The League of Legends World Championships are on! The “Worlds” group stage begins Monday, October 11 in Iceland. Sixteen teams will compete for the supreme title. A highlight of the year of esport not to be missed, for several reasons.
One of the esport events of the year
Esport is rich in its diversity, with a multitude of games and competitions to follow. But a hierarchy is well established and in it, the League of Legends Worlds are at the top. Each year, it is the most followed esports event with The International, its equivalent on DOTA 2, the rival of League of Legends.
In 2020, 23 million people watched the final around the world, with a peak of 46 million according to figures put forward by Riot Games, the publisher of League of Legends and organizer of the Worlds. In France, the final drew up to 135,000 spectators on the Twitch O’Gaming channel.
League of Legends, a tactical and intense game
Since their launch in 2011, the Worlds have gathered more and more spectators. But why is League of Legends so passionate? The principle of the game is simple. Two teams of five players compete in a closed arena with the aim of destroying the opponent’s nexus (heart of the base). To reach this nexus, three lanes and towers to defend them. The ten players must choose a champion from 155, each with different abilities, strengths and weaknesses.
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Once this base is laid, anything is possible. Each game is a mix between the technical qualities of the players (the “mechanics”, the ability to perform well against a champion) and their tactical intelligence (the “macro”, the ability to make the right strategic choices at the right time). This combination offers intense games, between weak management times and grouped five-on-five clashes. A bad decision, or on the contrary a stroke of genius, can turn a situation around.
Because the China-South Korea shock is a dream
In League of Legends, China and South Korea look like scarecrows. The two countries have shared the world title since 2013 (6 for Korea, 3 for China). Sacred in 2020, the Koreans from DAMWON Gaming intend to defend their crown. With their midlaner (one of five League of Legends positions) Heo “Showmaker” Su, the Korean champions come in a strong position. From day one, they face another title contender, FunPlus Phoenix. The Chinese, titled in 2019, want to return to the top.
Champion of China, EDward Gaming will also aim for the coronation, just like the Koreans of Gen.G or those of T1, carried by the legend to the three titles of world champion Lee “Faker” Sang-hyeok. Behind these Asian armadas, the Europeans advance masked. Lacking experience at this level, MAD Lions, Rogue and Fnatic must be content on paper with a role of outsiders. But they can always dream of more. In May, during the MSI (the international mid-season tournament), the MAD Lions came very close to eliminating DAMWON in the semi-finals.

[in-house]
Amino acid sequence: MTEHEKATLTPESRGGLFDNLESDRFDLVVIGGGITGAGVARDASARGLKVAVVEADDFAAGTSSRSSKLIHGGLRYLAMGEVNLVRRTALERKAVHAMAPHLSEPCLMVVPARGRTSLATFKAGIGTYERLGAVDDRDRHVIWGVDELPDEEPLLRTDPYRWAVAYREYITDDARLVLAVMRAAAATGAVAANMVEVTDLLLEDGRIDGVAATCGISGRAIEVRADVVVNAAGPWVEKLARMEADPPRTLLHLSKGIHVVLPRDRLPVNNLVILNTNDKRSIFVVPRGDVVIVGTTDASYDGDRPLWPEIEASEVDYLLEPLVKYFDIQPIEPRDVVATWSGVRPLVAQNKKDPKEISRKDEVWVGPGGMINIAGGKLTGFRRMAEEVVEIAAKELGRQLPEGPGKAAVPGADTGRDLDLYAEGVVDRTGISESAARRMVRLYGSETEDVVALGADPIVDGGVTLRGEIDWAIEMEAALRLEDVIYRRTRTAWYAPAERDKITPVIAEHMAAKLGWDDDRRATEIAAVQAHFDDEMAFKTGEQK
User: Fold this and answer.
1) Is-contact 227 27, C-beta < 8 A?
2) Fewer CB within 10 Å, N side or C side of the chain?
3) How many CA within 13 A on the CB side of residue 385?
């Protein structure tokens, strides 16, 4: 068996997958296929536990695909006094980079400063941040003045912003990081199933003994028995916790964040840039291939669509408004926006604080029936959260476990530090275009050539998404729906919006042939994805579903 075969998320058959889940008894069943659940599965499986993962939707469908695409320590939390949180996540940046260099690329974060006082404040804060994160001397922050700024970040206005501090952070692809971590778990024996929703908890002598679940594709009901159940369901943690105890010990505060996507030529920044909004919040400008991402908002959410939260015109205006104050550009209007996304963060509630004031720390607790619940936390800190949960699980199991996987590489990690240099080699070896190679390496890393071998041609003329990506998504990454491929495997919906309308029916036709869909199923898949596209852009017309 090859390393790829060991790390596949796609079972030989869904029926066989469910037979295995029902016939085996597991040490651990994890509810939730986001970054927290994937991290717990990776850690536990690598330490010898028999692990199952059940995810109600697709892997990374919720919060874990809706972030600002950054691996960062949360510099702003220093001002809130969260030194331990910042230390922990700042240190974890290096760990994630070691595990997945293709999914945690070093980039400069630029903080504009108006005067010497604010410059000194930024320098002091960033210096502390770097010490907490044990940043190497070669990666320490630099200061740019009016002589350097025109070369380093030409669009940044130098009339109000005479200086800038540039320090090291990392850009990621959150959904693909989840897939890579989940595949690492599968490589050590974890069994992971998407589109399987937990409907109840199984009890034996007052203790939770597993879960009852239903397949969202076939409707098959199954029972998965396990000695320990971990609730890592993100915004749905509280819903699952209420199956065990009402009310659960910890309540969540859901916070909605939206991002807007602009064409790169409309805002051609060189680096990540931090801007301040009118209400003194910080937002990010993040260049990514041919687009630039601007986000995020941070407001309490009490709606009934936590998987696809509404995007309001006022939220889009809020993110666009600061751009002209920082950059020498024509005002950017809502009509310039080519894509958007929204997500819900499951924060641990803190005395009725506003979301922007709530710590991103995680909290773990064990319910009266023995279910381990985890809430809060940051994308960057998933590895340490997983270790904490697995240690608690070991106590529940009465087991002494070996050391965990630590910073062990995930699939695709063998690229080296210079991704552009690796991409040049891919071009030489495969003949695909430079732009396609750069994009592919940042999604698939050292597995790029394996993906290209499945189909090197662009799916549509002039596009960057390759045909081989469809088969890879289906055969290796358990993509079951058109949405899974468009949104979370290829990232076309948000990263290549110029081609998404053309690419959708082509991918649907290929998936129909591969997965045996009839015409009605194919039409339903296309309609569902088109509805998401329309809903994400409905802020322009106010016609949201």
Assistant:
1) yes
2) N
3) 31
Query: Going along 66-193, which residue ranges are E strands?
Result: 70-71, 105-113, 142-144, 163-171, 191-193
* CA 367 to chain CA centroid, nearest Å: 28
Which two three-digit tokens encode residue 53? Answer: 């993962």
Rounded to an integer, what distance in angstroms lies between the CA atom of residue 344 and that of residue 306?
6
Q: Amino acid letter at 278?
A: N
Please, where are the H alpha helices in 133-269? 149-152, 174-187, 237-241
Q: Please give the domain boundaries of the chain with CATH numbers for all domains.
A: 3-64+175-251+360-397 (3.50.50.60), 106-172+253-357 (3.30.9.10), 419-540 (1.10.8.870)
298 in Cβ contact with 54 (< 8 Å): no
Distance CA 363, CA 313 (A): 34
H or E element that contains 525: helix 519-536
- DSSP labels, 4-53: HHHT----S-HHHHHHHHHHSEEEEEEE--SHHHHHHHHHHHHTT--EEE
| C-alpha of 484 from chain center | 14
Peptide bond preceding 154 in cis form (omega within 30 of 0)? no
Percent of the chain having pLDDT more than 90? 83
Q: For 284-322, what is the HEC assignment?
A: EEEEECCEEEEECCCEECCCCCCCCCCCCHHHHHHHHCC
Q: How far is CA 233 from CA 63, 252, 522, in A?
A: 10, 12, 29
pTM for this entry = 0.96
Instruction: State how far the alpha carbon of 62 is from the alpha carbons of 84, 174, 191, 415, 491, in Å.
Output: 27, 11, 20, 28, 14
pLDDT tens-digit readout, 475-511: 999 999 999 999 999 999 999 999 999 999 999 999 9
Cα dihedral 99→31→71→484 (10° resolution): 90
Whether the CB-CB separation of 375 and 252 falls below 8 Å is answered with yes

To follow the French “Hans sama” and Adam …
And among these three European teams, two French players! On the one hand, an already veteran player, on the other a newcomer. At 22, Steven “Hans sama” Liv is a reference to his botlaner position. Rogue, whom he joined in 2019, inherited the Death Party along with DAMWON, FunPlus Phoenix, and North Americans from Cloud9. A huge challenge for the Frenchman and his teammates.
“Adam” is the beautiful story of these Worlds. There are still five months, Adam Maanane played in the French championship. While his Karmine Corp team dominated the second level in Europe, he was recruited urgently by Fnatic, in the midst of the crisis. The legendary structure, the only European team to have won the Worlds in 2011, attempted a risky bet by recruiting a 19-year-old toplaner, inexperienced at a very high level. A winning choice, with a final of the LEC to the key. And a first participation in the Worlds for Adam.
Tomorrow I’m flying to Iceland. Hosted in a 4 star hotel.
I will indeed represent France at the World Championships of the league of legends.
It is an honor my dear compatriots.
– Adam (@Ricadam_lol) September 24, 2021
… and PSG!
So there is a French team at the League of Legends Worlds? We arrest you right away, not really. Paris Saint-Germain is present at the Worlds, but it will not represent France. For its return to the League of Legends scene in 2020, three years after a first failed attempt in Europe, PSG has chosen to partner with a Hong Kong team, Talon Esports. The team became PSG Talon, but still play in the PCS championship, which brings together teams from Taiwan, Hong Kong, Macao and Southeast Asia.
– PSG TALON (@PSG_Talon) October 9, 2021
A choice that owes nothing to chance, Talon being the best team in the region and therefore qualified for the Worlds. PSG is not at its first attempt, since it had already partnered with another successful Asian team, LGD, on the DOTA 2 game. Renamed PSG.LGD, the Chinese team is currently participating at The International, the equivalent of the Worlds. This strategy allows PSG to expand its popularity in Asia, especially among young people, and to display its jersey at the biggest esport events of the year.